In this study, we evaluated the effect of advancing parental ages and the risk for autistic disorder in a cohort of 5 million births statewide in California between 1990 and 1999. Through the application of stratified multivariate logistic regression modeling to an extremely large dataset, we were able to evaluate the independent and dependent effects of each parent’s age within strata defined by narrow categories of the other parent’s age. We thereby clarify how the impact of paternal age on child’s autism risk depends on maternal age, a more complex relationship than has previously been understood. Additionally, we calculated the effect of the shift towards an older maternal age distribution on overall autism incidence rates for births between 1990 and 1999.

METHODS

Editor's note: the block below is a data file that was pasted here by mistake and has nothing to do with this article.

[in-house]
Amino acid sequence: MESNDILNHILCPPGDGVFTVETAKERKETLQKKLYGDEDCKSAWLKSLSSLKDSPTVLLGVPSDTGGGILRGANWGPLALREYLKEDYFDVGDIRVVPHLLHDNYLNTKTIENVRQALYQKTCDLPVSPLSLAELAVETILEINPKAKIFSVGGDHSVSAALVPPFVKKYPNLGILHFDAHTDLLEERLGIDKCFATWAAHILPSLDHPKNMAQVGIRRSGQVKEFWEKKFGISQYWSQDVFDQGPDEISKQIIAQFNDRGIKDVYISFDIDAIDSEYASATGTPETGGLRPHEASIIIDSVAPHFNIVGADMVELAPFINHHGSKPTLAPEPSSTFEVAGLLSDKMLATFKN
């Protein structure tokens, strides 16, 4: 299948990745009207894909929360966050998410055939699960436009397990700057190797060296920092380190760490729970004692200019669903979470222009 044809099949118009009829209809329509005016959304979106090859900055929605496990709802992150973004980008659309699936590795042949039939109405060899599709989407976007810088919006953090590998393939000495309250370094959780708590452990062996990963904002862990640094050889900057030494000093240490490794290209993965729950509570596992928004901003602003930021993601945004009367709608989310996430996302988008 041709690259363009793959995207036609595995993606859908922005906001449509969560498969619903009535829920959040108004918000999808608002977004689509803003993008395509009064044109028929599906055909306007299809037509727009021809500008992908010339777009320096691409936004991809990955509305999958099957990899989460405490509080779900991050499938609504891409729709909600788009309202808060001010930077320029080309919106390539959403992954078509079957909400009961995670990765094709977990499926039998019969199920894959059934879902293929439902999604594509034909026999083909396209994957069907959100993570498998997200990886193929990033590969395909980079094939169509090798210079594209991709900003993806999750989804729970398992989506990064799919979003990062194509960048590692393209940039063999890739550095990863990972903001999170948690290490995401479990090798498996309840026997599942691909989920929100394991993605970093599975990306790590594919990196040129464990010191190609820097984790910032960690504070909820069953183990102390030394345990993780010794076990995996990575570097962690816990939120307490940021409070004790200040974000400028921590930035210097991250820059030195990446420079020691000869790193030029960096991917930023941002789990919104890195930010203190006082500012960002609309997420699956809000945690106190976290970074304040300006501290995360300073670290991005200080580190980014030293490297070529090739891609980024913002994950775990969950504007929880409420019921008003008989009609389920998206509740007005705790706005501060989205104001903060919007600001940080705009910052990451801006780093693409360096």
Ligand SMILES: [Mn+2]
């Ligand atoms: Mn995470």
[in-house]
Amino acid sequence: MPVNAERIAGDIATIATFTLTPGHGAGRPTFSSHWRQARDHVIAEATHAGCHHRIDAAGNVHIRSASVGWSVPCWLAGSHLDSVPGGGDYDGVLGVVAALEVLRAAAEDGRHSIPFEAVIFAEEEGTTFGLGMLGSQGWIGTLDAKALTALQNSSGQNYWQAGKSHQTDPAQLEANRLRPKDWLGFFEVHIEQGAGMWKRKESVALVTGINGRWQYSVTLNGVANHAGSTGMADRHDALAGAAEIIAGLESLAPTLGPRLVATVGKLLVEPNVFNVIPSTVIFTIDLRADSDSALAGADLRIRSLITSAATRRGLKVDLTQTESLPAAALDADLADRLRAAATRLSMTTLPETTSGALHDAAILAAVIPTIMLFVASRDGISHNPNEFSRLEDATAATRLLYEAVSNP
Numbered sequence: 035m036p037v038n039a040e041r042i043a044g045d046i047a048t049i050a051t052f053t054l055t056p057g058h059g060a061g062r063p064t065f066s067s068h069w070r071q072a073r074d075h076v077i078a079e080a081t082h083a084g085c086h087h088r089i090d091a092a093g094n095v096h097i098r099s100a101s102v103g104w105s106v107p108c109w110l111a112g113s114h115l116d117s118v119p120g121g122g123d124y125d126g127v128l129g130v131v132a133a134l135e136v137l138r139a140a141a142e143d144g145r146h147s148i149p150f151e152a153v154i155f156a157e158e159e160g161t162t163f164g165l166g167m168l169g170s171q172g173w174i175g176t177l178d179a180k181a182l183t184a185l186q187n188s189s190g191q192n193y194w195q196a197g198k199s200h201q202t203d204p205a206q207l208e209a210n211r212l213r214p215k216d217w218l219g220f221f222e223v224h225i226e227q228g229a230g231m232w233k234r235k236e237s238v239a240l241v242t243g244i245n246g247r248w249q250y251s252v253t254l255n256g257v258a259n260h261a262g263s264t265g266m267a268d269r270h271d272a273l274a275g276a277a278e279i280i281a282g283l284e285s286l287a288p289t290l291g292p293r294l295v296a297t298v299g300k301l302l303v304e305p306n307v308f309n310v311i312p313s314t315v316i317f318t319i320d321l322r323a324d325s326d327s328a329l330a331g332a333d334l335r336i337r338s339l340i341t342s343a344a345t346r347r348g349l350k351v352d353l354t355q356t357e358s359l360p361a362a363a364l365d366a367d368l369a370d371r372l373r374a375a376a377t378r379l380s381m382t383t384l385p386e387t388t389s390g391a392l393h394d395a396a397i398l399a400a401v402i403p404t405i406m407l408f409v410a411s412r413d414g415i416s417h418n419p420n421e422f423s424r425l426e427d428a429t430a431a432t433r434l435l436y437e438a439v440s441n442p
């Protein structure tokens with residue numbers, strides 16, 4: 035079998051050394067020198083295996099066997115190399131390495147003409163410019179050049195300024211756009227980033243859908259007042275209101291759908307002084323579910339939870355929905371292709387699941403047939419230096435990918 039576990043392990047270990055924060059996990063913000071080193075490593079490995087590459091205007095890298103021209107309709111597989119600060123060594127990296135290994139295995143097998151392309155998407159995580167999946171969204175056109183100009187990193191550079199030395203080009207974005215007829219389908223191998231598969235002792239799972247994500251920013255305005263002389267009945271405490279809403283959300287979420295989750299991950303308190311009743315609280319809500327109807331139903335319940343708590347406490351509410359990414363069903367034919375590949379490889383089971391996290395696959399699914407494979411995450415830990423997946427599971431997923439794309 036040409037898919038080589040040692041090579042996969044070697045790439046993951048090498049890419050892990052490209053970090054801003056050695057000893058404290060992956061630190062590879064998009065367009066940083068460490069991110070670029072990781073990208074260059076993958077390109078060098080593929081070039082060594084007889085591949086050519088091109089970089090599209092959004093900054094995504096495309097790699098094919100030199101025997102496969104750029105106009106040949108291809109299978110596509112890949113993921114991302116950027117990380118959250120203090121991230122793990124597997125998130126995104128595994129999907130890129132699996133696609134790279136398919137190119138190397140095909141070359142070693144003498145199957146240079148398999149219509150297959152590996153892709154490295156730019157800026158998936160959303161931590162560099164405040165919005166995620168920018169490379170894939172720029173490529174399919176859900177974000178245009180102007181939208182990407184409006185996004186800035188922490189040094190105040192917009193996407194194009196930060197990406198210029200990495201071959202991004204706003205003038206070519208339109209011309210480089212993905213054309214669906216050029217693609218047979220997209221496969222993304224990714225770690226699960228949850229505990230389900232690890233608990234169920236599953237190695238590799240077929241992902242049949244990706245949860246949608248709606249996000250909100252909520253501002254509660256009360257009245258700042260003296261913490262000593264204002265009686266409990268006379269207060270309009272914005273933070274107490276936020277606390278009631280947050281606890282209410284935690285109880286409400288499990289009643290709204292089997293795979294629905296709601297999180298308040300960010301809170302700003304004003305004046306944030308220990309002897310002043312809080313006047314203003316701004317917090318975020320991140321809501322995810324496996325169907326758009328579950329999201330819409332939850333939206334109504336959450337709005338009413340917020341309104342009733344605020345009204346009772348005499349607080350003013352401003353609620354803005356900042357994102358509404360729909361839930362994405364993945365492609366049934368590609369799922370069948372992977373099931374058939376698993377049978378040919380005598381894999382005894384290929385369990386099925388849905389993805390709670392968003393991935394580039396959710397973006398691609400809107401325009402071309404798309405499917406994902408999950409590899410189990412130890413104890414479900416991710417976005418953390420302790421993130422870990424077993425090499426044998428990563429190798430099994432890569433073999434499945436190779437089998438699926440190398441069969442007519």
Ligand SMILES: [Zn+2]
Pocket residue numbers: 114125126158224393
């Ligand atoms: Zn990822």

To establish the cohort, we obtained an electronic birth record file for all births in the State of California between January 1, 1990 and December 31, 1999 including all available demographic data on the parents and child. To identify our case population, we obtained electronic files from the Department of Developmental Services (DDS) for all clients in the state of California born between January 1, 1990 and December 31, 1999. For children over the age of three, periodic evaluations are recorded on a Client Development and Evaluation Report (CDER), and for children under three, on an Early Start Report (ESR). Cases were defined by 1) an autism level of one (Full Syndrome Autism) on any CDER record, 2) an ICD code of 299.0 (Autistic Disorder), or 3) a checkmark for “Autism” under Developmental Disabilities on the ESR. The diagnosis was recorded for the date of the earliest CDER or ESR file. The DDS case file and the birth record file were merged to create the analysis file.